Infrastructure push:

The BJP has also cashed in on the urban votes, which account for nearly half of Maharashtra’s population. Between the Lok Sabha elections of 2009 and 2019, the alliance’s vote share in urban areas has been doubled to 57 percent. At the beginning of its term in 2014, the government focused on creating infrastructure and mobility projects through state funding and central programmes like Amrut and the Smart City project. Long-pending projects for Metro rail connectivity, intercity connectivity and affordable housing were also taken up on priority. Thus, besides creating better prospects in cities like Mumbai and Thane, the BJP also wooed the electorate in the large municipal areas of Pune, Nashik and Nagpur. The Congress-NCP leaders were not seen making any sincere efforts to recover lost ground, even in major cities like Mumbai, Pune, Nashik and Nagpur.

Farmers, floods and drought:

Farmers have been the most hit by natural calamities in the state with three major droughts and a major flood enveloping the state in the past five years. While Fadnavis has come up with several measures and announced long-term solutions to address these issues, there is a silent anti-incumbency undercurrent in the Marathwada, Sangli and Kolhapur belts, which suffered the most. The government, Fadnavis announced, is working on a two-pronged strategy – to create flood-proof infrastructure so that basic services are not affected and to divert excess water to drought-affected areas. He also announced that the proposed water grid scheme and local water schemes will ensure that Marathwada no longer faces drought conditions. This sounds as a good solution, but too late. Theopposition has also alleged that the farmer loan waiver scheme announced by the government was patchy and left 51 lakh eligible farmers out of its ambit.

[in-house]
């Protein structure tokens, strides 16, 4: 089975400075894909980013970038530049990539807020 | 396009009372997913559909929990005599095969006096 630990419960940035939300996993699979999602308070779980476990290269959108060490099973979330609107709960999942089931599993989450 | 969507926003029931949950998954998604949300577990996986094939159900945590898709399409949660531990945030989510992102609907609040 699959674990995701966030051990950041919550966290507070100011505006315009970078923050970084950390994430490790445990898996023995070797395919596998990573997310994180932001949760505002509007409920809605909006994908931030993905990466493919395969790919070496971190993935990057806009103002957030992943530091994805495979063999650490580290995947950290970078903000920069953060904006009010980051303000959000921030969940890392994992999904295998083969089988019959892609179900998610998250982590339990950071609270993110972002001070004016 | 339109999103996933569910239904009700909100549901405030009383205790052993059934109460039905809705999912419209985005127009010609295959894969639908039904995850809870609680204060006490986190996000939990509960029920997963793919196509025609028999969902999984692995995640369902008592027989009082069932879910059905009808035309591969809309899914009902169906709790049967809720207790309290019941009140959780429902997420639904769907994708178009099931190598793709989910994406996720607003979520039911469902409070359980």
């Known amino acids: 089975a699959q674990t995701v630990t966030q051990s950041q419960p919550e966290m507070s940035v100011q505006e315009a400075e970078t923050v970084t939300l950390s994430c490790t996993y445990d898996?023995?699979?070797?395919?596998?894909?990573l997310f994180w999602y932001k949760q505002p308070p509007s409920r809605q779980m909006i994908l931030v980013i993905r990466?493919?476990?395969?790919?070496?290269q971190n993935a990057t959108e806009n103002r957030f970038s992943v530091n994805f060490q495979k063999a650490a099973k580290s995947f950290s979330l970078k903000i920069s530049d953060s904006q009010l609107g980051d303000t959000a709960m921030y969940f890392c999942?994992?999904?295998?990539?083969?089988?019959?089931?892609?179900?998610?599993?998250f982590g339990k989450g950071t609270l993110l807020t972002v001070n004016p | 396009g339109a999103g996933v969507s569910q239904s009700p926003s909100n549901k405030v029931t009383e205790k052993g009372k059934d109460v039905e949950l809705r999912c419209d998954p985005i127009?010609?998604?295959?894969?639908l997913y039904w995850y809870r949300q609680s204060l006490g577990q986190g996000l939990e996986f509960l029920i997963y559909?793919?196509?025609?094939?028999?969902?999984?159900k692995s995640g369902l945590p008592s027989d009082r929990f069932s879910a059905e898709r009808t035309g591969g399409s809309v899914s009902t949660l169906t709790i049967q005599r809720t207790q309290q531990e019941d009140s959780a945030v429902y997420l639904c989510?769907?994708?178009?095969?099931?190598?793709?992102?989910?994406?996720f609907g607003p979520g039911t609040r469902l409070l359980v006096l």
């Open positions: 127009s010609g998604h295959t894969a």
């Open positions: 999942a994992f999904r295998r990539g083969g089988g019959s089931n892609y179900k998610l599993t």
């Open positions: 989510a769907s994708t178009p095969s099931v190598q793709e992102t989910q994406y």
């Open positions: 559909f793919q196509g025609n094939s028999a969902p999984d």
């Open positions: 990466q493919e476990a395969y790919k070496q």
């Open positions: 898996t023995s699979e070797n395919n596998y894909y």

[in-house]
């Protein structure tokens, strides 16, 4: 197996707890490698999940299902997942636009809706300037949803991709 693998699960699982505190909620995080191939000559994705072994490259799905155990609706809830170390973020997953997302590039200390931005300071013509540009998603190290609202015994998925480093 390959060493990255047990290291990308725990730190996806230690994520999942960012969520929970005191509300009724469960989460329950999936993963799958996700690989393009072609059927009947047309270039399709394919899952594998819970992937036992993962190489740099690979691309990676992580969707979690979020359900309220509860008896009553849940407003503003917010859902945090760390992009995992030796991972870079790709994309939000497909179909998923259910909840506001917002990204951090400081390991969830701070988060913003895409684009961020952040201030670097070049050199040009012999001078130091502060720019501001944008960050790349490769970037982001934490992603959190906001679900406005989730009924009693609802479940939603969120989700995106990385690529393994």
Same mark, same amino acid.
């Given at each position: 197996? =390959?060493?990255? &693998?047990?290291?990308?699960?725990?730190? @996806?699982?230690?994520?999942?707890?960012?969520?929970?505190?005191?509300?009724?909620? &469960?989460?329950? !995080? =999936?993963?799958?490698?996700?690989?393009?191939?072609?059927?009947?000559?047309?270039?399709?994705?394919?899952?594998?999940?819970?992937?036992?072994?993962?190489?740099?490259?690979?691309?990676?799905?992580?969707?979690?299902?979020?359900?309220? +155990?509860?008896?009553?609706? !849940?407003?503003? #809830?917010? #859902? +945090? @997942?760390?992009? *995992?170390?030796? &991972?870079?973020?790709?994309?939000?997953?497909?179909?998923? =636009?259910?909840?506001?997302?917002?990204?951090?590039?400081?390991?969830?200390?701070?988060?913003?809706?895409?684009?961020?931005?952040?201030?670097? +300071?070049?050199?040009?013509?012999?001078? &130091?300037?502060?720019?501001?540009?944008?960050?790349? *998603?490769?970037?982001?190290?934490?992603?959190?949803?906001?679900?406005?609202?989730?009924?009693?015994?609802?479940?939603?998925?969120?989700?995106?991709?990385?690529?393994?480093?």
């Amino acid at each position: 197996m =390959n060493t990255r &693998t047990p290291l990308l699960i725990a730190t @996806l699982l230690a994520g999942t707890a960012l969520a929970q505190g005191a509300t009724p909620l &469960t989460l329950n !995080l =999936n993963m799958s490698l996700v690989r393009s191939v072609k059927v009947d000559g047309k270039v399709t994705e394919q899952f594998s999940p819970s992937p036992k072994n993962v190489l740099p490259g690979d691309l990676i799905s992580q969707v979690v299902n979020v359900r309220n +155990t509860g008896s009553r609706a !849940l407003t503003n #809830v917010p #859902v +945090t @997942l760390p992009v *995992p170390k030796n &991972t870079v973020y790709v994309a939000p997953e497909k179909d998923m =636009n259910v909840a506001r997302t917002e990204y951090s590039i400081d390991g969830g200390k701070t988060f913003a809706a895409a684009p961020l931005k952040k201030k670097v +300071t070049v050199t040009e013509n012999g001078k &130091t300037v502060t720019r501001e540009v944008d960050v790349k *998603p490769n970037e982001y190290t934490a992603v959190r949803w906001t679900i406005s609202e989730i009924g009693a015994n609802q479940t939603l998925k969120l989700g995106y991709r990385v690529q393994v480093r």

Shiv Sena – the younger brother

The Shiv Sena, which is BJP’s principal alliance partner in Maharashtra, quickly changed its song after the Lok Sabha results. Sena chief Uddhav Thackeray who had become popular for his acerbic attacks on Modi and Shah despite sharing power with the government, has completely turned around and is playing along with the BJP. First, seeing the popularity both Fadnavis and Modi, it has realised that it cannot win enough seats to give BJP a fight on its own. Second, it realises that sitting out of power will mean it will have to occupy opposition benches with Congress and NCP, which it is not willing to do. Also, for the first time a member of the Thackeray clan, Uddhav’s son, Aaditya, is contesting an election. Yuva Sena chief Aaditya Thackeray may get a state cabinet berth, and is being touted as a future Chief Ministerial candidate. Uddhav has also realised that many of his ministers like Eknath Shinde and Subhash Desai have hugely gained Fadnavis’s trust, and Uddhav will not like to rock the applecart at this point.

The VBA factor:

Prakash Ambedkar, the grandson of B.R Ambedkar along with Asaduddin Owaisi, head of the All India Majlis-e-Ittehadul Muslimeen (AIMIM), formed a political partnership referred to as "Vanchit Bahujan Aghadi (VBA)” during the Lok Sabha polls. It won two seats in the last assembly election in Maharashtra in 2014, and 7% of total votes cutting into the Congress-NCP share. This time, VBA, which represents almost 30% of the Vanchit population is set to contest on all seats. However, AIMIM has not extended its support to VBA. Yet, it will be a force to watch out for. While all these and many more factors will contribute towards how Maharashtra’s votes will swing, this Act-II in the run-up to 21 October remains predictable to a large extent, with Fadnavis winning the battle comfortably. However, what will be interesting will be the Act-III of the drama, that will unfold post 24 October 2019 when the results will be declared and the number game will begin. A few hiccups cannot be ruled out on how BJP handles the tantrums that the younger brother ‘Shiv Sena’ is sure to throw up in the government formation, in case it doesn’t get enough numbers. It is also said that the Congress-NCP combine might see their all-time low number in this election. Speculation is rife that Fadnavis is being considered for a bigger role in the central government in the near future, with Minister Chandrakant Patil, who is known to be close to Amit Shah, taking over. This political drama is sure to get more colourful and all daggers will be out to determine the winners and losers. But for now it is ‘Advantage Fadnavis’.
The views expressed above belong to the author(s). ORF research and analyses now available on Telegram! Click here to access our curated content — blogs, longforms and interviews.


Sayli UdasMankikar

Sayli UdasMankikar

Sayli UdasMankikar was a Senior Fellow with the ORF's political economy programme. She works on issues related to sustainable urbanisation with special focus on urban ...